Business & Lobbying

Trump pick Scalia becomes 2020 target for labor unions

Greg Nash

Democrats and organized labor aim to make Eugene Scalia, the pick to lead the Labor Department, a target in 2020 in hopes of testing President Trump’s support among rank-and-file union voters.

Trump is nominating Scalia, the son of the late Supreme Court Justice Antonin Scalia, to replace former Labor Secretary Alexander Acosta. Acting chief Patrick Pizzella and Eugene Scalia, if confirmed, are expected to push through controversial rules opposed by Democrats and unions. Trump has yet to formally nominate Scalia but critics are already vowing to put a spotlight on that agenda and Scalia’s work as a lawyer for businesses in high-profile labor fights.

{mosads}“Scalia is not going to help folks at all and that’s why it’s so important that we have a group of candidates that are pushing and supporting issues that have impact on working families,” American Federation of State, County and Municipal Employees President Lee Saunders told The Hill.

Kermit Kaleba, managing director of policy at National Skills Coalition, said the administration had failed to keep their promises on “making workers a priority.”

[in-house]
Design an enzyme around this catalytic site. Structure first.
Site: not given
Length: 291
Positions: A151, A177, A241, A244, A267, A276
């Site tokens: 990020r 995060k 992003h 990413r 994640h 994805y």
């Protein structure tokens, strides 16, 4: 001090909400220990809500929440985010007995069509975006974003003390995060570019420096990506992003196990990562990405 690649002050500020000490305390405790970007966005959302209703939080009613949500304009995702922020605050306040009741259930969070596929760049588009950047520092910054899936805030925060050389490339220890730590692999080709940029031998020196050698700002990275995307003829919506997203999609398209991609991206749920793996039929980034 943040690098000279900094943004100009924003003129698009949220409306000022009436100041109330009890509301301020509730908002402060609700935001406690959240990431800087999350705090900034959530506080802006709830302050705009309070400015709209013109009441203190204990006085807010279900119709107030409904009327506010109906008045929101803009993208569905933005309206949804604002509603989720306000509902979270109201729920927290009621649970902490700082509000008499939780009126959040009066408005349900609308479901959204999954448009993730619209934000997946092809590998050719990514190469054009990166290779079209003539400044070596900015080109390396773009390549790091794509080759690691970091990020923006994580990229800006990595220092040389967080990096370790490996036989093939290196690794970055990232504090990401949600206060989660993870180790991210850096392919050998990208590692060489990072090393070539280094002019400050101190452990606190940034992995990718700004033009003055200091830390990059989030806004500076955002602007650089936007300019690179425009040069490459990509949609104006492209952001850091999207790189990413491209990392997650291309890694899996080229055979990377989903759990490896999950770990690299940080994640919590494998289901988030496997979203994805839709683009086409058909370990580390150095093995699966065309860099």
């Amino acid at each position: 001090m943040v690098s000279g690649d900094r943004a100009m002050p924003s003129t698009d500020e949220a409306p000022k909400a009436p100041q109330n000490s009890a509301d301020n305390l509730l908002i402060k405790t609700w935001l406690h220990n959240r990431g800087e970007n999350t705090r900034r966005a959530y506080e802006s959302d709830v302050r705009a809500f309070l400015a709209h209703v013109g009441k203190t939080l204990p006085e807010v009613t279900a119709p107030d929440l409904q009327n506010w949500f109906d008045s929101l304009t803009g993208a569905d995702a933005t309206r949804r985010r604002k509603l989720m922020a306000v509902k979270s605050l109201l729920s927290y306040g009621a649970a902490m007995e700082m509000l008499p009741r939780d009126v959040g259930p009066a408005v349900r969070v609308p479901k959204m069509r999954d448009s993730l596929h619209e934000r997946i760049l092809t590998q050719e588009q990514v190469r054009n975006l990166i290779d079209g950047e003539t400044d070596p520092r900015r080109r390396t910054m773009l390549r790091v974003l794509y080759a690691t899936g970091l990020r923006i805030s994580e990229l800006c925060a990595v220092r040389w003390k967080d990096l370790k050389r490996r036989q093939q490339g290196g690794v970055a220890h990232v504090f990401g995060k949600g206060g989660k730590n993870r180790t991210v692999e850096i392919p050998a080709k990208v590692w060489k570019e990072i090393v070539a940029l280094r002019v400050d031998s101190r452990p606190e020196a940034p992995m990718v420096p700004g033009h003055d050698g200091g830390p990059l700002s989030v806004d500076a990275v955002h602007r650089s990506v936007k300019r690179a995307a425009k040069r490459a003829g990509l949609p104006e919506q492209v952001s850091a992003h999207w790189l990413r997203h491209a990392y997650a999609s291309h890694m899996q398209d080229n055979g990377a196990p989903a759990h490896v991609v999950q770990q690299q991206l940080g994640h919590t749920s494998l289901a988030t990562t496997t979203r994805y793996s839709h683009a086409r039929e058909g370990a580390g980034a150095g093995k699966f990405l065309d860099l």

“This nomination doesn’t send a signal that that’s changing,” Kaleba said.

Union leaders supported Democratic nominee Hillary Clinton in 2016, but she only won labor households by 8 points over Trump — the narrowest margin since 1984. Those voters helped deliver Midwestern states that will be crucial to Trump’s reelection.

Union leaders say keeping those voters could be a challenge for Trump if Scalia pushes a conservative agenda at the Labor Department.

As a lawyer, Scalia fought unions in many important cases. Among the most notable was his defense of Boeing in 2011 after the National Labor Relations Board (NLRB) accused the company of trying to open a factory in South Carolina as retaliation against striking workers in Washington state. The Obama NLRB later dropped the case. 

Scalia’s track record has 2020 Democrats who are highlighting labor issues strongly opposing his nomination. 

“The rich and powerful have teamed up with the Republican party to push for measures at all levels of government designed to decimate unions and collective bargaining. Eugene Scalia is the latest example,” the campaign of Sen. Elizabeth Warren (D-Mass.) told The Hill. “He’s opposed implementing financial reforms at every turn and has spent his entire career representing giant corporations and Wall Street over American workers.”